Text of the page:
Mbeki hits right notes in attack on tribalism
Apartheid-era regionalism is a pervasive and damaging mind-set among our current rulers, writes Rapule Tabane.
One of the main emphases in Mark Gevisser's book Thabo Mbeki, the Dream Deferred is on how the former president was uncomfortable with being identified as an Eastern Cape boy from Mbewuleni, despite it being his place of birth.
In the last chapter of the book, Mbeki confirmed that he had never been back to Mbewuleni, 17 years after returning to South Africa from exile, though he was aware that the people there were pining for his homecoming, and he promised to go at some point.
So, it made sense to me when Mbeki spoke out this week against tribalism and Cabinet ministers hiring people from their home town or region because they were comfortable with them.
With all his imperfections, Mbeki could never be accused of having paid disproportionate attention to development of the Eastern Cape during his presidency. But there was always talk of a "Xhosa nostra" and of the government being dominated by people from the Eastern Cape. It is difficult to find empirical evidence to support this claim. And even if it was true, it is even more difficult to say it was done at his bidding.
Speaking at Unisa's College of Human Sciences on Monday, Mbeki said: "When a minister comes from a certain region, so will the officials in that department." Mbeki called it a "homeboy" phenomenon.
"They conspire in one language, and this is one of the challenges we need to address.
"One of the things that has worried me is that the ANC is 102 years old this year and, at its formation, it said [that] part of its task was to bury the demon of tribalism. But in South Africa, 102 years later, tribalism is raising its head again."
But as a former president forced to resign in hostile circumstances, Mbeki can never escape suspicion that his strong views are a criticism of the government.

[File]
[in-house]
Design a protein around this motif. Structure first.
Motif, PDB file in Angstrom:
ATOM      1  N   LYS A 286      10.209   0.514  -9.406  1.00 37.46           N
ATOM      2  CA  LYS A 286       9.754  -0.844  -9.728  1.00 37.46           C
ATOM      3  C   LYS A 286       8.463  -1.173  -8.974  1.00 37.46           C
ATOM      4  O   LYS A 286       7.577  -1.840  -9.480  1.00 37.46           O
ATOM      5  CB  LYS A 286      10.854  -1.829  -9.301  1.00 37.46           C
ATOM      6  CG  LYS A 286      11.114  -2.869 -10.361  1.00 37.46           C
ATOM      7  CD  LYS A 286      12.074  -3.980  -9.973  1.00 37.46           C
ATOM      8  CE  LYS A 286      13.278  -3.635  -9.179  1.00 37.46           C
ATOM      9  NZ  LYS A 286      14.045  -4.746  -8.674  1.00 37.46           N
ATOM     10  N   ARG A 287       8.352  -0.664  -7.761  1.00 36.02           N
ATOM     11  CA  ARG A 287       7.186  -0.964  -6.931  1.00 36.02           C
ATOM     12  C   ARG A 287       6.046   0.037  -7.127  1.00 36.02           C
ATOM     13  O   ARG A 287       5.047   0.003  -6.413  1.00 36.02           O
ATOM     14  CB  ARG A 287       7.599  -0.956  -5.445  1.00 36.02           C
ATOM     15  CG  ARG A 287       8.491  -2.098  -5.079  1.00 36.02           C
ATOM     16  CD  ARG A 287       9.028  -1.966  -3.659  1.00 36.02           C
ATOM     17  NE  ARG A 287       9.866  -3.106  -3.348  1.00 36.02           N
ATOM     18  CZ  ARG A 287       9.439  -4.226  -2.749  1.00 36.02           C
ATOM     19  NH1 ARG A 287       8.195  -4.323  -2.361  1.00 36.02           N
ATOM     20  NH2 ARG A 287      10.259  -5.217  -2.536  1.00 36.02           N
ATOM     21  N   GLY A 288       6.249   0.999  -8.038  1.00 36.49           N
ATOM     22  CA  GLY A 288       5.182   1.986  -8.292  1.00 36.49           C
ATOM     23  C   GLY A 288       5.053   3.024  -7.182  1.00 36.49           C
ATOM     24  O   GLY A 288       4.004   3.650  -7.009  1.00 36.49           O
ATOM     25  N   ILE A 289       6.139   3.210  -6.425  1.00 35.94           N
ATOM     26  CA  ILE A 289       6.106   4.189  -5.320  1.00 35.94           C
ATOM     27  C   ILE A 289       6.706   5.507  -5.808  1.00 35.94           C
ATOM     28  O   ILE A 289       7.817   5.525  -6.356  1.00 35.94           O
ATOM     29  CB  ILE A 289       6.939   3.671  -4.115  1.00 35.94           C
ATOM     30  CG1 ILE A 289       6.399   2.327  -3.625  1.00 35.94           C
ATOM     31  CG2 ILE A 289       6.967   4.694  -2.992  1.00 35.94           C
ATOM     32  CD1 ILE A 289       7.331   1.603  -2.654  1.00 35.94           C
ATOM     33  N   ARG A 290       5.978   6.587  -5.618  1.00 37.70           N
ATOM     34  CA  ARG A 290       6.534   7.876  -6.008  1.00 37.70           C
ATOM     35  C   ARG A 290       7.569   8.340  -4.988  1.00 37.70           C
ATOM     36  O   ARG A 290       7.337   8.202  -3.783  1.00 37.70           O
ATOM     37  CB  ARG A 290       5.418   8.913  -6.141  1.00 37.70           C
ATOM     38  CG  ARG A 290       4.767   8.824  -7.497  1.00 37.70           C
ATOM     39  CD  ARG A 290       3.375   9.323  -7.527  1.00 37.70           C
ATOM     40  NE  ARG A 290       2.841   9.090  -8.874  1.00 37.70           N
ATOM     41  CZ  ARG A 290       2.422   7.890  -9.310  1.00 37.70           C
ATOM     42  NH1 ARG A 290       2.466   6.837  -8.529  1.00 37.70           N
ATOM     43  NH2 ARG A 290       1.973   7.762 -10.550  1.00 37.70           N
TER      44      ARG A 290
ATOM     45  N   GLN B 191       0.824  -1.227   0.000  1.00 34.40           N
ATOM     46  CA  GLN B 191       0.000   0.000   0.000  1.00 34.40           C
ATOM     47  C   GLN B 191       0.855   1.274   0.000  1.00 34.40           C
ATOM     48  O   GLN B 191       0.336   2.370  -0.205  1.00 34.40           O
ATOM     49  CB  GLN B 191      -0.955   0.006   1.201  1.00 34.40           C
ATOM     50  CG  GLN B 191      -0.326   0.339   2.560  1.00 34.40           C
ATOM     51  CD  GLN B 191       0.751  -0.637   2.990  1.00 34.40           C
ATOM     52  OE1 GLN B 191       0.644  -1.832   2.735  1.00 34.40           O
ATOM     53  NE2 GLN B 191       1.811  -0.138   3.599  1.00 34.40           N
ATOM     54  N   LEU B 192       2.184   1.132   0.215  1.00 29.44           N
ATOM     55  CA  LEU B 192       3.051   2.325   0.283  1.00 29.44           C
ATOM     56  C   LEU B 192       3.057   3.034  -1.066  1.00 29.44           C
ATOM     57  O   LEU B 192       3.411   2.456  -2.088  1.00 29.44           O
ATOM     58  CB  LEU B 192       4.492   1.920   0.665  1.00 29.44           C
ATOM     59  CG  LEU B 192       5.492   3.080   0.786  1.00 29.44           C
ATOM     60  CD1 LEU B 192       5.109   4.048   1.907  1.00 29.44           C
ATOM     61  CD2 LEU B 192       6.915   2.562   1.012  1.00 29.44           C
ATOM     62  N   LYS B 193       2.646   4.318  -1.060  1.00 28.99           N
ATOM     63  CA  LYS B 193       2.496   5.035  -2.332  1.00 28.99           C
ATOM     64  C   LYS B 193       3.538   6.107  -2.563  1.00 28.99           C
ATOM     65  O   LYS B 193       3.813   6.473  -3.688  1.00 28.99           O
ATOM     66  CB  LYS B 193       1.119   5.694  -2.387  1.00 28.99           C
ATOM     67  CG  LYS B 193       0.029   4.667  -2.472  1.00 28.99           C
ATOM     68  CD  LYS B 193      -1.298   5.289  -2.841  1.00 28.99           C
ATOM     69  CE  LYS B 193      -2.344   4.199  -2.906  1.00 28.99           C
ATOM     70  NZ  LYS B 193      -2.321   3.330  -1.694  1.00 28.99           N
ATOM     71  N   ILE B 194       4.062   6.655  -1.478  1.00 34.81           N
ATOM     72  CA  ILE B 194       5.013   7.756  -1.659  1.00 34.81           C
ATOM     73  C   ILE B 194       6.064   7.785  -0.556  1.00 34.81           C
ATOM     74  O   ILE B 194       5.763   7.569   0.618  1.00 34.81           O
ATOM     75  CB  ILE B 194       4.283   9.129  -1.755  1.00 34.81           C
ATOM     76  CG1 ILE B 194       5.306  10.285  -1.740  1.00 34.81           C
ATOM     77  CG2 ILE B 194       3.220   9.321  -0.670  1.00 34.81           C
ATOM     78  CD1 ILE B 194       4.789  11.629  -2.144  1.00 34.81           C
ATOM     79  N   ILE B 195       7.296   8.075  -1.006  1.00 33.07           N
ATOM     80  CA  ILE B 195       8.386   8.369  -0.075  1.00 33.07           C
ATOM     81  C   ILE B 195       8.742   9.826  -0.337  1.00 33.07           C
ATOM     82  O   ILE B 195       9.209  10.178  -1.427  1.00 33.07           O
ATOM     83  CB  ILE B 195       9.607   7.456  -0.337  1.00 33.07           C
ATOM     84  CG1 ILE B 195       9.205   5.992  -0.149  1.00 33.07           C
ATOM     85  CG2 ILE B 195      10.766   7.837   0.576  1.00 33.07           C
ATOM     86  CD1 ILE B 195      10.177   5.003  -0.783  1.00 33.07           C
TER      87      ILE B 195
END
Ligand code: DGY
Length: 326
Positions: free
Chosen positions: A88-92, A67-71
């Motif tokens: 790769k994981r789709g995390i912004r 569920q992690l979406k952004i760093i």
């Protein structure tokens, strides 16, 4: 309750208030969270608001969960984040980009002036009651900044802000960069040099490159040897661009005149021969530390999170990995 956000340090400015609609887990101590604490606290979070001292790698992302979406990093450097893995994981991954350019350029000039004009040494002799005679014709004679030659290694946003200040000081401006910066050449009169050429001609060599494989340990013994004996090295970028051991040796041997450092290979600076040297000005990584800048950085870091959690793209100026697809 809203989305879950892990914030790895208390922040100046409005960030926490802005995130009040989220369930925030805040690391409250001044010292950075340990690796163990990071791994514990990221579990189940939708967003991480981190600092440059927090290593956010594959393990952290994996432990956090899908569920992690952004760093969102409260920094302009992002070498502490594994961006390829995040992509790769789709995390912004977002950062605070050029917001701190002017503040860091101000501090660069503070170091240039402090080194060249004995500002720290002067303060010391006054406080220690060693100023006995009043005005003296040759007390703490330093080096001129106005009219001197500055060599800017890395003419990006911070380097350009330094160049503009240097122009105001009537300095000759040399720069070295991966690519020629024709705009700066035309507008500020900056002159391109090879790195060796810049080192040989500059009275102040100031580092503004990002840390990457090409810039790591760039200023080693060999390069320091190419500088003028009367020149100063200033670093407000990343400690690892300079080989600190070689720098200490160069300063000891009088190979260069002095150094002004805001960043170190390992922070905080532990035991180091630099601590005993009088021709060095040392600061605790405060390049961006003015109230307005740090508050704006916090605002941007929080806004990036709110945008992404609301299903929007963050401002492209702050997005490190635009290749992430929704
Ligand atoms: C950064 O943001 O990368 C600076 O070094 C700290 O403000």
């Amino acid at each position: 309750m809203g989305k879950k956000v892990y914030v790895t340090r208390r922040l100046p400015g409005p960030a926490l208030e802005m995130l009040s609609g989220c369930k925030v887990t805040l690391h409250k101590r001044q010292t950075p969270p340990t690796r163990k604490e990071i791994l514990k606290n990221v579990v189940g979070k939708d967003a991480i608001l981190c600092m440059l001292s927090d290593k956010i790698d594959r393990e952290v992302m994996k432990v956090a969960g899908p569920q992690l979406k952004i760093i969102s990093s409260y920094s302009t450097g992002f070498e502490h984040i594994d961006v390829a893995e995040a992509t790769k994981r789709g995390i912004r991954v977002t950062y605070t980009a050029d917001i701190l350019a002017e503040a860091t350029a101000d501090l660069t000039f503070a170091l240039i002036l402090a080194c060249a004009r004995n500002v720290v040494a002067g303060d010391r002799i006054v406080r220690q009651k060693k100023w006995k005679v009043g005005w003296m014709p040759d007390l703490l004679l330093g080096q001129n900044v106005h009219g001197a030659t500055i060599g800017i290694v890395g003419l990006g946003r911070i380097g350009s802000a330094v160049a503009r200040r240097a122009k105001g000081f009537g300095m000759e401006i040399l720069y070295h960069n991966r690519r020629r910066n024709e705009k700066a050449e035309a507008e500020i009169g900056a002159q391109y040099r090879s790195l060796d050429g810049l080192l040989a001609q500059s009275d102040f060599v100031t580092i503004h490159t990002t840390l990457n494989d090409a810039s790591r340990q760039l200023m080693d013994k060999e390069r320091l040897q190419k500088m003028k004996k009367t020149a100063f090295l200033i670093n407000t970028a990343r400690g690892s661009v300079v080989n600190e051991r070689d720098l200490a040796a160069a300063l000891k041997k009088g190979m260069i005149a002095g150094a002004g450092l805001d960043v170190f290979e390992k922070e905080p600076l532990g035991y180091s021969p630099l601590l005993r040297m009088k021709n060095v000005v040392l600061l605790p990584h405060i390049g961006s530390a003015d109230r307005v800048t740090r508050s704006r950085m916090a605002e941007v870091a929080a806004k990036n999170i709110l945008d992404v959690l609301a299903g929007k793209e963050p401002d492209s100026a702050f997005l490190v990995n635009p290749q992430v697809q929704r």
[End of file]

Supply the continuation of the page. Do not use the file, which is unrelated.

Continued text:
For a long time, he refused to speak out on dynamics in the political space. But of late, Mbeki has shed his inhibitions, and first raised eyebrows when he commented on the need to improve the quality of leadership in the country after Nelson Mandela's death.
So, it was no coincidence that the supporters of President Jacob Zuma reacted angrily this week, believing that Mbeki's comments were directed at the incumbent.
United Democratic Movement leader Bantu Holomisa said last year that Zuma appointed Cabinet ministers mainly from his home province of KwaZulu-Natal.
"Zuma's appointment of the Cabinet from his own province has given an impression [that] the IQ levels of people from other regions are low.
"You can go to the NPA [National Prosecuting Authority] head, you can go to the Cabinet, the clusters [of ministries] – the economic clusters, social cluster and security cluster – they are dominated by one region. [Zuma is] suffering from a laager mentality … [which] means you surround yourself with your own," Holomisa said.
My view is that Mbeki's remarks are a welcome intervention by the former president. It is a message that must not only be heard in Nkandla, but must also reverberate throughout the continent. Apartheid South Africa was built on entrenching tribal identities and on accentuating differences among black people that did not actually exist.
Of course, there were black people who bought into tribalism and proceeded to embrace apartheid's homelands, creating little fiefdoms with no legitimacy.
Eradicating the damage done by resettling blacks in those homelands will take time. And so will changing mind-sets, especially as such narrow tribal thinking exists among some of our rulers. We must continue to shun and isolate those who harbour cultural superiority and promote regionalism.
I am aware that, in a few circles, there is irritation at Mbeki "reinventing himself as voice of moral conscience" when he was no paragon of virtue as a president.
But the fight against tribalism is a crucial one and Mbeki hit all the right notes. That the phenomenon might have existed during his presidency should not be used to muzzle him now.
To use an old cliché, let's listen to the message rather than attack the messenger.